“Moonshot thinking” is popular now to solve earthbound challenges. Helpful in some cases perhaps, but not sufficient.
What adaptive traits may workers in the future need?
Not all robots will be fancy, hip, mechanical marvels. There is a growing diversity in approaches to robotics.
It isn’t just technology changing the nature of work, but changing perceptions on the utility of depth of knowledge and ability to learn new things.
If robots fight against injustice will we still accept them?
No one needs telling that the Future is Coming. But there are different perspectives and attitudes toward it. Scenarios and futures thinking needs to embrace grittier complex narratives to really engage their audiences.
Elephants can be an important symbol to illustrate concepts for how to think about the future. I’ve found a new one to add to the metaphorical menagerie.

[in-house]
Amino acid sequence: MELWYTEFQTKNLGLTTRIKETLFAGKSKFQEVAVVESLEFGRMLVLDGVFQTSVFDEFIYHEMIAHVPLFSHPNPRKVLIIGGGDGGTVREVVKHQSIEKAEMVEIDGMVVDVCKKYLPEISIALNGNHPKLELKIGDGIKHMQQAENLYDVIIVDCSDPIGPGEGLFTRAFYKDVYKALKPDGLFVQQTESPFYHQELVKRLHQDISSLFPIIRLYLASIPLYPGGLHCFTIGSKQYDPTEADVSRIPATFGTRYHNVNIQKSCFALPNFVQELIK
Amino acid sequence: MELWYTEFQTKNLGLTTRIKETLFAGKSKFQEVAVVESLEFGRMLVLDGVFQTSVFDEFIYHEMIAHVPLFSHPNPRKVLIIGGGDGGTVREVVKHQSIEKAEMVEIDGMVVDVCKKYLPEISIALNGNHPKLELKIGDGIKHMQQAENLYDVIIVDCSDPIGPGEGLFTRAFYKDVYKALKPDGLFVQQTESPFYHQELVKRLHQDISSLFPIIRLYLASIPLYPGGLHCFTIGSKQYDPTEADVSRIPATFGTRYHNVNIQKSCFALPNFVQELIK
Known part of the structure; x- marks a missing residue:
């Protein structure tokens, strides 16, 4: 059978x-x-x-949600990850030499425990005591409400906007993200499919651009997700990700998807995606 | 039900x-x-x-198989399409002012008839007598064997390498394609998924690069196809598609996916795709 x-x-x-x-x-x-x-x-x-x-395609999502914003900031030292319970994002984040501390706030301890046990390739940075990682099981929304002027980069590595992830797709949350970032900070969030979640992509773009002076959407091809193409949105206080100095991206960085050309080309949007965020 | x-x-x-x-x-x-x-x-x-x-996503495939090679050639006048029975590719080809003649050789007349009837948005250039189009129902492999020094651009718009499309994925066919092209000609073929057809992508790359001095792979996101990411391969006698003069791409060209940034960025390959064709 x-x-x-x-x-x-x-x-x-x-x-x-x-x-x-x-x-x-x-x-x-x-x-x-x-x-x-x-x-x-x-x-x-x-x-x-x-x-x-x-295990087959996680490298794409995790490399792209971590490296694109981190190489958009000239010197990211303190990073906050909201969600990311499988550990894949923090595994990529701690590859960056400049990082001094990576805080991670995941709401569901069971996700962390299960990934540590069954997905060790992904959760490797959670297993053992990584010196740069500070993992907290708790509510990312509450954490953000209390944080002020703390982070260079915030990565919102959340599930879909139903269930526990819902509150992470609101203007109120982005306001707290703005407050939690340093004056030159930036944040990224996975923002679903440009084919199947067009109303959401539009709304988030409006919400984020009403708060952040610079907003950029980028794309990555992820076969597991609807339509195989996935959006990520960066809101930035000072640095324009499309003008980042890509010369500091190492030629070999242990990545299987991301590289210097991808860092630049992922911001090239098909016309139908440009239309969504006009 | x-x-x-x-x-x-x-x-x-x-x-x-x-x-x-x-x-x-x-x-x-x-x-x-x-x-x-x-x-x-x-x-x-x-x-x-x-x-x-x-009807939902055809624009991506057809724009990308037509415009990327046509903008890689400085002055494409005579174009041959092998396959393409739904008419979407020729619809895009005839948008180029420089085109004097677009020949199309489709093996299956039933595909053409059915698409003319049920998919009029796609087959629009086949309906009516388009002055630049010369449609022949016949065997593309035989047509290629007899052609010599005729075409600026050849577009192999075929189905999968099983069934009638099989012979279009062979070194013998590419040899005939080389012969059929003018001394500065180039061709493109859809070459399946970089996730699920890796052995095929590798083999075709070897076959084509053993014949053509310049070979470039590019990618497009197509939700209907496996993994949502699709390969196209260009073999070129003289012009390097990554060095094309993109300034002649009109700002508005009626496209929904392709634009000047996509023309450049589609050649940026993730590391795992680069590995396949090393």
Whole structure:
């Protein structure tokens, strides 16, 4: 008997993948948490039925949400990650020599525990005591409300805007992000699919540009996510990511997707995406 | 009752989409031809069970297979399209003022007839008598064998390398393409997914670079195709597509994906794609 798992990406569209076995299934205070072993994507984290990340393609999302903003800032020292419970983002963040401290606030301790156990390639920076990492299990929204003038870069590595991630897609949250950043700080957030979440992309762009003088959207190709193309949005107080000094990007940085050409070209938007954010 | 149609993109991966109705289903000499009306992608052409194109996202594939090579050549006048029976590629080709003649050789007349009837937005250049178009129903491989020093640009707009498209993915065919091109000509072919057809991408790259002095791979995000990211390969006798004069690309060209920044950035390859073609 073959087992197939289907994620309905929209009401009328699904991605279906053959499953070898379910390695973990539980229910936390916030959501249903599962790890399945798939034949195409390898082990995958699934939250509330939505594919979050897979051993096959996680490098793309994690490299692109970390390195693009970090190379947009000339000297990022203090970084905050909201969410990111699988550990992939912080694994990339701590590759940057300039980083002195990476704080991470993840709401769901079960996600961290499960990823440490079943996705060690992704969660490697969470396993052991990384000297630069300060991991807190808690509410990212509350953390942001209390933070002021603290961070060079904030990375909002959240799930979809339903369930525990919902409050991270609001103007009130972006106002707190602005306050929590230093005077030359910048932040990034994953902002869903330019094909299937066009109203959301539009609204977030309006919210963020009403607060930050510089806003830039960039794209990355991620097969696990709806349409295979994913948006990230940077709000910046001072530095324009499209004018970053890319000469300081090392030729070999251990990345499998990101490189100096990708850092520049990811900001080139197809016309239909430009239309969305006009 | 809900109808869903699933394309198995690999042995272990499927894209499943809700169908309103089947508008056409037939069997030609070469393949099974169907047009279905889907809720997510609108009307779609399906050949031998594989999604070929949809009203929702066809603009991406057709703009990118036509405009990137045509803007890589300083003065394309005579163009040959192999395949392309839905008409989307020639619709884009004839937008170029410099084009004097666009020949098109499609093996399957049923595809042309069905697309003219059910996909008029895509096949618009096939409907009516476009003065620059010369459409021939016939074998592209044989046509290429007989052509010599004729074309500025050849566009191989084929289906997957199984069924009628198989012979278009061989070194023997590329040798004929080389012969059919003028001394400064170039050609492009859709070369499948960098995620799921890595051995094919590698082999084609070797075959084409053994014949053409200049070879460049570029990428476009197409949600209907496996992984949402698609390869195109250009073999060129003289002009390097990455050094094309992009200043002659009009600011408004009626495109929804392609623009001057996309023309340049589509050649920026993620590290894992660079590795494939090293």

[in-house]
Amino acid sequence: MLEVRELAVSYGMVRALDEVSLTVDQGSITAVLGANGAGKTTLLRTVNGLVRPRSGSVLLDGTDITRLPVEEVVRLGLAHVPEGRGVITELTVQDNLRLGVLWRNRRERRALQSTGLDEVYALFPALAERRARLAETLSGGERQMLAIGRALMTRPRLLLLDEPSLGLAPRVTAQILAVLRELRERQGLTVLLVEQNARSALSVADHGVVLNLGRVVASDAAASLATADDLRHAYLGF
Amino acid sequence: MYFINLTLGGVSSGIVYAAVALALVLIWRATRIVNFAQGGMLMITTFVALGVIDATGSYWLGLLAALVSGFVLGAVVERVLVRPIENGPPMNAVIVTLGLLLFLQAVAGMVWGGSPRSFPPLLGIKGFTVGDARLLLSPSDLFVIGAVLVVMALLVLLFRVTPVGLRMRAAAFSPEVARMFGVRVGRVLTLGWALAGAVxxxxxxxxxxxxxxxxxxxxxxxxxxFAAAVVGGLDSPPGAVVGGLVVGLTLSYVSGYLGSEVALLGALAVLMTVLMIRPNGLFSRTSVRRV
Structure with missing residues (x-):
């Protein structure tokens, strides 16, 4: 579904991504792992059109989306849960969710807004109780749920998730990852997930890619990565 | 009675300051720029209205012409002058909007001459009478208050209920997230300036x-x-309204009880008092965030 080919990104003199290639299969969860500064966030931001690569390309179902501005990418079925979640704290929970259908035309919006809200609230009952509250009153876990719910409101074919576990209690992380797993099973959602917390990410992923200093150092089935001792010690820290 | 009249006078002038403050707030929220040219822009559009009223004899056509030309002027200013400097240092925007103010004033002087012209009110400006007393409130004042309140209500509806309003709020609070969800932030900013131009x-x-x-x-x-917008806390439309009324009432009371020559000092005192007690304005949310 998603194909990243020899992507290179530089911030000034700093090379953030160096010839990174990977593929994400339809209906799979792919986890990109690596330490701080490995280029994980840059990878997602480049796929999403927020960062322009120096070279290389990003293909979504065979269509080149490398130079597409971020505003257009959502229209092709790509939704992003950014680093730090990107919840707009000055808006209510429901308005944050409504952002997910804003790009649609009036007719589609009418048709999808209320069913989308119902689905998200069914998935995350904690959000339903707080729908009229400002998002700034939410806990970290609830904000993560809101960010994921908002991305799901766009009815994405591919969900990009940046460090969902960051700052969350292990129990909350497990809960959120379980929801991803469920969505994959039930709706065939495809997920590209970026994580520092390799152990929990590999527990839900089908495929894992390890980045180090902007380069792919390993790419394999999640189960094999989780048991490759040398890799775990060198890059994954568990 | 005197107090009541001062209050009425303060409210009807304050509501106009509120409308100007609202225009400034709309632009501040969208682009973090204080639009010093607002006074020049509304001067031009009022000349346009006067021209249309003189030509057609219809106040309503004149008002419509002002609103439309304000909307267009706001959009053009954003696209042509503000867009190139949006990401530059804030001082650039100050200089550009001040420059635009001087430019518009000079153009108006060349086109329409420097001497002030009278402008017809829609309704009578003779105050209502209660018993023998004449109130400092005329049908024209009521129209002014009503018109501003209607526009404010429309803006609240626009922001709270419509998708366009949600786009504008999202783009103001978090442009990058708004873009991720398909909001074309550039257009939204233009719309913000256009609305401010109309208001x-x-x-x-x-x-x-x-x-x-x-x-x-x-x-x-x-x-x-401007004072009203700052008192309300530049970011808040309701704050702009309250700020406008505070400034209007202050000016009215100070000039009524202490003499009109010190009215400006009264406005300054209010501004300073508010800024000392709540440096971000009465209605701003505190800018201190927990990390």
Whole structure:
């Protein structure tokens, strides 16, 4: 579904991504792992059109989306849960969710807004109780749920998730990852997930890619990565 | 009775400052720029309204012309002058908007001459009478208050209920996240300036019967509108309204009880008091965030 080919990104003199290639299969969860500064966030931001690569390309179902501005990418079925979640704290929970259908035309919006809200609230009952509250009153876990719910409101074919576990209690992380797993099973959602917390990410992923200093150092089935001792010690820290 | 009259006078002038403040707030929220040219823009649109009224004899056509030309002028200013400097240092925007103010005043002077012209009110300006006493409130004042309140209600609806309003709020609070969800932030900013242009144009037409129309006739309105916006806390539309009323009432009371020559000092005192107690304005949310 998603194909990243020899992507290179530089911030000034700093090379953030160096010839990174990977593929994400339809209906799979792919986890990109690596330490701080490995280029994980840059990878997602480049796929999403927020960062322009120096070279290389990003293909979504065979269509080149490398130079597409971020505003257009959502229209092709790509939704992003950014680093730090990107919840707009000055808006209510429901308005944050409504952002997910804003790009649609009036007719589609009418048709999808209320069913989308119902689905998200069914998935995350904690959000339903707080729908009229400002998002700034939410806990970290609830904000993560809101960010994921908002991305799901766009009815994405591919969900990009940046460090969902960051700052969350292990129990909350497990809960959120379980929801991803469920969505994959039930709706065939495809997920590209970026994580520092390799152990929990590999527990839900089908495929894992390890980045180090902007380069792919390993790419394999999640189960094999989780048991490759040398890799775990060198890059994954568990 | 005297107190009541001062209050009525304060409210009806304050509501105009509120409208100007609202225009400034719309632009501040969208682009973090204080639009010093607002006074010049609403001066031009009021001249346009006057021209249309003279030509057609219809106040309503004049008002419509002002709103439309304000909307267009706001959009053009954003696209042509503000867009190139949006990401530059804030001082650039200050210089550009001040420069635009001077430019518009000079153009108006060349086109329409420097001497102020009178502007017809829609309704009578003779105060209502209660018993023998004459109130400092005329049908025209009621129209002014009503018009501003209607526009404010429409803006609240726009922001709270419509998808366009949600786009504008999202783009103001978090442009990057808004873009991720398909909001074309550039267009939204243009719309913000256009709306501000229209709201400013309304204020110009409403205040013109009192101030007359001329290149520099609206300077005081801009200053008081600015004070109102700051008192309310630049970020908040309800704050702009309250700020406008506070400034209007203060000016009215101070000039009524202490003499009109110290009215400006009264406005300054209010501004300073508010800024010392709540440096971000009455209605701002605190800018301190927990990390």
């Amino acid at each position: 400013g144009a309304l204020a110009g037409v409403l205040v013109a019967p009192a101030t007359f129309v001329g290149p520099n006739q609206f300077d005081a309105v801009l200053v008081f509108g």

NZ’s Productivity Commission has developed draft scenarios looking at the impact of technological change on the future of work. They want to know if they are useful for considering the future labour market effects of technological change. My initial response is no.
It’s hard to find a way through the forest of forecasts about the impact new technologies will have on work and life. Is it going to be terrible, awesome, same same, all of the above, or something else?
Two centuries ago there was an allegory doing the rounds of England. A “New Zealander” – meaning a Māori - at some latter date sat drawing the ruins of London. A sign that all great cities and civilisations eventually diminish and others take their place.
Like business and politics, futurism and foresight are susceptible to short-termism, shallow historical perspectives, and a focus on parts not the whole.
“One-way thinking on a two-way street”, from an Ogden Nash poem, is particularly apt for a lot of the futures speculation and prediction going on all over the place.